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Joint Inventor Must Make a Qualitatively Significant Contribution When Measured Against the Dimension of the Full Invention

March 05, 2009
Tull, Susan Y.

Decision icon Decision

Last Month at the Federal Circuit - April 2009

Judges: Lourie (author), Dyk, Prost

[Appealed from: E.D. Mich., Senior Judge Zatkoff]

In Nartron Corp. v. Schukra U.S.A., Inc., No. 08-1363 (Fed. Cir. Mar. 5, 2009), the Federal Circuit reversed and remanded the district court’s grant of SJ of dismissal for nonjoinder, which concluded that an extender element of a dependent claim had been invented by a third party not named on the patent or joined as a plaintiff to the infringement suit.

Nartron Corporation (“Nartron”) owns U.S. Patent No. 6,049,748 (“the ’748 patent”), which is directed to a vehicle control system that provides massage capability to a vehicle seat with lumbar support. Defendant Schukra U.S.A., Incorporated (“Schukra”) supplies automobile manufacturers with lumbar support systems for automobile seats. Defendant Borg Indak, Incorporated (“Borg Indak”) supplies electronic components to Schukra. Borg Indak moved for SJ of dismissal, alleging that Benson, a Schukra employee, was a coinventor of claim 11 of the ’748 patent and therefore had to have been joined in the suit. Because the district court found that Benson conceived of the key additional limitation in dependent claim 11, an extender for a lumbar support adjustor, it held that Benson was a coinventor. As a coinventor, Benson was required to have been joined as a plaintiff to the infringement suit. Accordingly, the district court dismissed the suit.

On appeal, Nartron argued that the extender recited in claim 11 was in the prior art and therefore could not have supported a claim of coinventorship. Nartron further argued that the inventive aspect of the claimed invention is the controller, which Benson did not conceive. Thus, Nartron argued, irrespective of whether the extender was in the prior art, Benson’s alleged contribution is insignificant to the invention of the ’748 patent.

The Federal Circuit agreed with Nartron that Benson was not, as a result of suggesting an extender, a coinventor of claim 11 of the ’748 patent as a matter of law. The Court concluded that any contribution Benson made to the invention was insignificant and therefore prevented Benson from attaining the status of coinventor. The Court reminded that “a joint inventor must ‘contribute in some significant manner to the conception or reduction to practice of the invention [and] make a contribution to the claimed invention that is not insignificant in quality, when that contribution is measured against the dimension of the full invention.’” Slip op. at 7-8 (alteration in original) (quoting Pannu v. Iolab Corp., 155 F.3d 1344, 1351 (Fed. Cir. 1998)).

In concluding that the contribution of the extender for a lumbar support adjustor was insignificant when measured against the full dimension of the invention of claim 11, the Court found that extenders were not only known in the art but also were part of existing automobile seats. Benson’s contribution of supplying the extender to the patented invention therefore was merely the exercise of ordinary skill in the art. To support its view, the Court looked to the specification of the ’748 patent, which makes clear that the automobile seat, including its lumbar support adjustor and extender, comprises the existing object on which the invention (i.e., the control module) operates. The Court also found that the specification and claims do not focus on the structure of the seat itself, but rather on the structure and function of the control module that operated the seat. The ’748 patent, for example, mentions the extender only once and contains no description of the physical characteristics of the extender or any drawing of the extender.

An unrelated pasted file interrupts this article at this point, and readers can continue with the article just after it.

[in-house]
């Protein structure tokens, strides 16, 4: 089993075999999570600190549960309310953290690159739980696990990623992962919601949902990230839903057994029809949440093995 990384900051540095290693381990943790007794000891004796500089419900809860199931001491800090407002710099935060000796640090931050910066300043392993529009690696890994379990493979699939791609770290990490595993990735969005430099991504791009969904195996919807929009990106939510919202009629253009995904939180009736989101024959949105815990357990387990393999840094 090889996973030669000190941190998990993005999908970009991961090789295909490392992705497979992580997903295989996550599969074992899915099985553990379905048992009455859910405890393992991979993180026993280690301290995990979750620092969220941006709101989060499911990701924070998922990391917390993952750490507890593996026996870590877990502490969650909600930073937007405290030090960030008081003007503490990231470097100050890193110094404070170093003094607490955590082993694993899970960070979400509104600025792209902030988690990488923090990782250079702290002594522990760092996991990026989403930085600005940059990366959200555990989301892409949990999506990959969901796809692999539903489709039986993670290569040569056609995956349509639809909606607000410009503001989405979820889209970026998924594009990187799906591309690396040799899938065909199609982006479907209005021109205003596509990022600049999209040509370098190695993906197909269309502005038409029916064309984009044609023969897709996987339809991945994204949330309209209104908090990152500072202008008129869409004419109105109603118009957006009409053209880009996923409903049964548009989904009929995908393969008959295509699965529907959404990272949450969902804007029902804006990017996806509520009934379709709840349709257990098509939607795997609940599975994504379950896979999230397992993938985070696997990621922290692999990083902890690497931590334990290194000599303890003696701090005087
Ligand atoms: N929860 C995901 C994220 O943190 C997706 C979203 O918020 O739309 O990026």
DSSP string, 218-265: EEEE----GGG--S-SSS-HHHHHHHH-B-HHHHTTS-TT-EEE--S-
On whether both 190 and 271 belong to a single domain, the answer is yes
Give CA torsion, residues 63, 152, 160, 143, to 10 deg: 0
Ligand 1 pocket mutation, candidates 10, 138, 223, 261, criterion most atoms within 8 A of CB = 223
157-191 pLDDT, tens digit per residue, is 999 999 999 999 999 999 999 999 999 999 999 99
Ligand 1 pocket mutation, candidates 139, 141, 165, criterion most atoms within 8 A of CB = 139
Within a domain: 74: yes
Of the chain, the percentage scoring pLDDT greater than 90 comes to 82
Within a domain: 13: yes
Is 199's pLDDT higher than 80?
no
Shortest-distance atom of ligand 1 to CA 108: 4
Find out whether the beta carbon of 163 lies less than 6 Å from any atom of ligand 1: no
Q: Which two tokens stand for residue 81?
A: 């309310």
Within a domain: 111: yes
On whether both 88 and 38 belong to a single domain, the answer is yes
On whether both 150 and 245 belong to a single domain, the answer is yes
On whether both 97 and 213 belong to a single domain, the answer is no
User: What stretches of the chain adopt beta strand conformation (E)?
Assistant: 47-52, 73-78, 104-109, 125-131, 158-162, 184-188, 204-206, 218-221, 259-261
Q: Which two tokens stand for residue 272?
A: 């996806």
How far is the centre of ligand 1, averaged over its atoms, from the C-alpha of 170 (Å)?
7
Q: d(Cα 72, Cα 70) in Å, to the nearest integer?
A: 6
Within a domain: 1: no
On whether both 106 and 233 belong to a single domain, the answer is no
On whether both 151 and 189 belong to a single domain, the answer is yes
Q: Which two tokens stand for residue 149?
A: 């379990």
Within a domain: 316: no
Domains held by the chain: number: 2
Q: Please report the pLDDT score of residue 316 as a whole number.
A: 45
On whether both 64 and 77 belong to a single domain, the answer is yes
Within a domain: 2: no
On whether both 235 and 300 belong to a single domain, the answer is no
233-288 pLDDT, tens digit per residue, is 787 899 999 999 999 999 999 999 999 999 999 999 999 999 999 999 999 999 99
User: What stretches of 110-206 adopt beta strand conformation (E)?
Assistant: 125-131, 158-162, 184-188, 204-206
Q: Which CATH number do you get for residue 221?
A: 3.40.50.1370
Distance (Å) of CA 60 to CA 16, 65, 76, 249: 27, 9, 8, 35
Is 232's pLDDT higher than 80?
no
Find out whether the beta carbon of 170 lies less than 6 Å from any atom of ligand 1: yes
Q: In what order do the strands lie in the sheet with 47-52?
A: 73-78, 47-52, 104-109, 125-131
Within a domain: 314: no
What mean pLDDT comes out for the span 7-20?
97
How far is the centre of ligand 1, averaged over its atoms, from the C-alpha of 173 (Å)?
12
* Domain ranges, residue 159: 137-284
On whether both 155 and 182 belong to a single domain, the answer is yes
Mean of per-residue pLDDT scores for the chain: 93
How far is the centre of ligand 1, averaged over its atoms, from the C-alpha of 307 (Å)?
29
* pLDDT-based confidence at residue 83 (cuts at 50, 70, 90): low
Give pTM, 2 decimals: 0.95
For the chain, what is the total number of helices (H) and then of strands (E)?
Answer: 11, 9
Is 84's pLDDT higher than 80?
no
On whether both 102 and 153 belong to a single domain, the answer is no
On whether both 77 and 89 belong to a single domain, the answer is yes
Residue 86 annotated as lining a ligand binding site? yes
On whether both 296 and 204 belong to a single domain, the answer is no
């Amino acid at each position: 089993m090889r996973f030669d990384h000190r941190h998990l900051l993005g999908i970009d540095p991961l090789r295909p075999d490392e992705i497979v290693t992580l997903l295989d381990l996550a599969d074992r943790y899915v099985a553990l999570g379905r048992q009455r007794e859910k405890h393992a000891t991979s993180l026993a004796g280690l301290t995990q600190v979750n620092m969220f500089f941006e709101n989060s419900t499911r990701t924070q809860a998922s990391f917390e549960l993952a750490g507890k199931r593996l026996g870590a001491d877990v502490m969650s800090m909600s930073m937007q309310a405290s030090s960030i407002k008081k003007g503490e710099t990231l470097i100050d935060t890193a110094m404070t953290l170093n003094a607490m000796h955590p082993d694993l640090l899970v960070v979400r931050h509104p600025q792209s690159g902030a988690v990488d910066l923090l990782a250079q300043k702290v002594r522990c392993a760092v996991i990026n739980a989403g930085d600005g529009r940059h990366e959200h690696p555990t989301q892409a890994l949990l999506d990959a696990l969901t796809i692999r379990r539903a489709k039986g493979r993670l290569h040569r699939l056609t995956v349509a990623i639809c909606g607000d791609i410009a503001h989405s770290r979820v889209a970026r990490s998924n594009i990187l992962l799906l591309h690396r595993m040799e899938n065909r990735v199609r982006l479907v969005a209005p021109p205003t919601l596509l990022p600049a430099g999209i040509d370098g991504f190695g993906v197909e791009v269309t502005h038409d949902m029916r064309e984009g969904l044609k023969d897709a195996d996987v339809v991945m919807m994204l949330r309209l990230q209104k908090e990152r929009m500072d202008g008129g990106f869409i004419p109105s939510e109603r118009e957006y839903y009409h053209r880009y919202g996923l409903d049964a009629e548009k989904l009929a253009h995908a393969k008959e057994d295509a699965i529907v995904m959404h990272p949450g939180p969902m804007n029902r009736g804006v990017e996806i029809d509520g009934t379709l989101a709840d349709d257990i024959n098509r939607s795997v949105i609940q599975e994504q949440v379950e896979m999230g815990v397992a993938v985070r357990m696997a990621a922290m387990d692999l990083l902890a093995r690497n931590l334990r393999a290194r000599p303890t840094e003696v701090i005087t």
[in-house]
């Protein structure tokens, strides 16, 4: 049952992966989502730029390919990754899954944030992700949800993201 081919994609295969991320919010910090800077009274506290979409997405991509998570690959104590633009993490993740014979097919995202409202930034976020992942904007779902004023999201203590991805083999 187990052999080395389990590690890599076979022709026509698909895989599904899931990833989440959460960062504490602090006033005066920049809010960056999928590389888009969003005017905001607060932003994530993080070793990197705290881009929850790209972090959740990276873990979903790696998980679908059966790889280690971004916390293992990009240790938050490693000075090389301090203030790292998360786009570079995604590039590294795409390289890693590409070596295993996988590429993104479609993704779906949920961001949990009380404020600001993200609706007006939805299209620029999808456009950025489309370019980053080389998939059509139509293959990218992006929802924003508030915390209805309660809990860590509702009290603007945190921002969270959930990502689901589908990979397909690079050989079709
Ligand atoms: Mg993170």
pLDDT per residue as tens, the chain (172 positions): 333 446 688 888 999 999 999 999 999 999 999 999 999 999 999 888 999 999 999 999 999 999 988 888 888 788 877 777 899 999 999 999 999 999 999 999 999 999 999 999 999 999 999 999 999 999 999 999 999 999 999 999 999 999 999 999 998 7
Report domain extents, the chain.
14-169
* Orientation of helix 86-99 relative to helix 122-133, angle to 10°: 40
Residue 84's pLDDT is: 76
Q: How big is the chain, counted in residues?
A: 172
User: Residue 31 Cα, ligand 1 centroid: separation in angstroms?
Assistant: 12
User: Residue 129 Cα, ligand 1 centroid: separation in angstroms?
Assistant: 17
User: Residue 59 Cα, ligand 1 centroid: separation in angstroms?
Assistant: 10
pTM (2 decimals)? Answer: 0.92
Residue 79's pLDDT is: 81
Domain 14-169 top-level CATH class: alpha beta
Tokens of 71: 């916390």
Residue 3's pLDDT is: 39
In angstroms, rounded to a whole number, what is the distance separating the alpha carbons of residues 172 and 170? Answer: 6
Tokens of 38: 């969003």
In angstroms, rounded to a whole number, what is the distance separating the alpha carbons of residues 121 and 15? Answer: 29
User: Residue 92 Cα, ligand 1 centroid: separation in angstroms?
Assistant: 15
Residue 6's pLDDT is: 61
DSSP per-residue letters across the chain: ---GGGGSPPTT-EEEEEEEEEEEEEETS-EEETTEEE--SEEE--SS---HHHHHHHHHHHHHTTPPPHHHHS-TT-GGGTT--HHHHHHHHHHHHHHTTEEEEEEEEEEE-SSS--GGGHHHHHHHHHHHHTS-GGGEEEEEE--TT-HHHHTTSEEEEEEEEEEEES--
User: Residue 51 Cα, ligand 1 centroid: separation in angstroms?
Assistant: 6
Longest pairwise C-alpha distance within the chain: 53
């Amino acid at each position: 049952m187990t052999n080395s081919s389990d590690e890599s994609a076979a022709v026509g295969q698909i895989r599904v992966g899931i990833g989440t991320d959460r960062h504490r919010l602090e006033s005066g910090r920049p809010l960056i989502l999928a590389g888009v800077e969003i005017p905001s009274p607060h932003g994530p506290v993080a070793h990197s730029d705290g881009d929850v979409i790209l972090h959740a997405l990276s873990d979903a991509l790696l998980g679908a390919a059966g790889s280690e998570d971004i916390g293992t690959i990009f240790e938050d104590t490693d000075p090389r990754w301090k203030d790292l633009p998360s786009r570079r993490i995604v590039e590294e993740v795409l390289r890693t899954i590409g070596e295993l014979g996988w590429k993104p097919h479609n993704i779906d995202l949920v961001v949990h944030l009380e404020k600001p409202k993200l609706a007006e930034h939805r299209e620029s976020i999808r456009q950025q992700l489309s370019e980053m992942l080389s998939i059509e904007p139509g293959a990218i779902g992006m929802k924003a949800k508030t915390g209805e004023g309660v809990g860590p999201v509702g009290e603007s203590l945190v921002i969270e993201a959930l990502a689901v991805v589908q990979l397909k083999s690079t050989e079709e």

In holding that Benson’s contribution to the ’748 patent did not rise to the level of coinventorship, the Court applied its reasoning from a factually similar case, Hess v. Advanced Cardiovascular Systems, Inc., 106 F.3d 976 (Fed. Cir. 1997). In Hess, the Court held that Hess was not a coinventor when he had explained the state of the art to the inventors and had suggested that the inventors use a particular material in their product. The Court also noted that Benson “does not necessarily attain the status of coinventor by providing the sole feature of a dependent claim.” Slip op. at 11. The Court reminded that “a dependent claim adding one claim limitation to a parent claim is still a claim to the invention of the parent claim, albeit with the added feature; it is not a claim to the added feature alone.” Id.

The Court also rejected the argument that Benson must be a coinventor of the module because he suggested a control module to the named inventor and detailed the ultimate functions of that module. The Court reminded that “[o ]ne who merely suggests an idea of a result to be accomplished, rather than means of accomplishing it, is not a joint inventor.” Id. at 12 (alteration in original) (quoting Garrett Corp. v. United States, 422 F.2d 874, 881 (Ct. Cl. 1970)). Accordingly, the Court concluded that Benson was not entitled to coinventorship by simply posing the result, leaving the named inventors to figure out how to achieve it.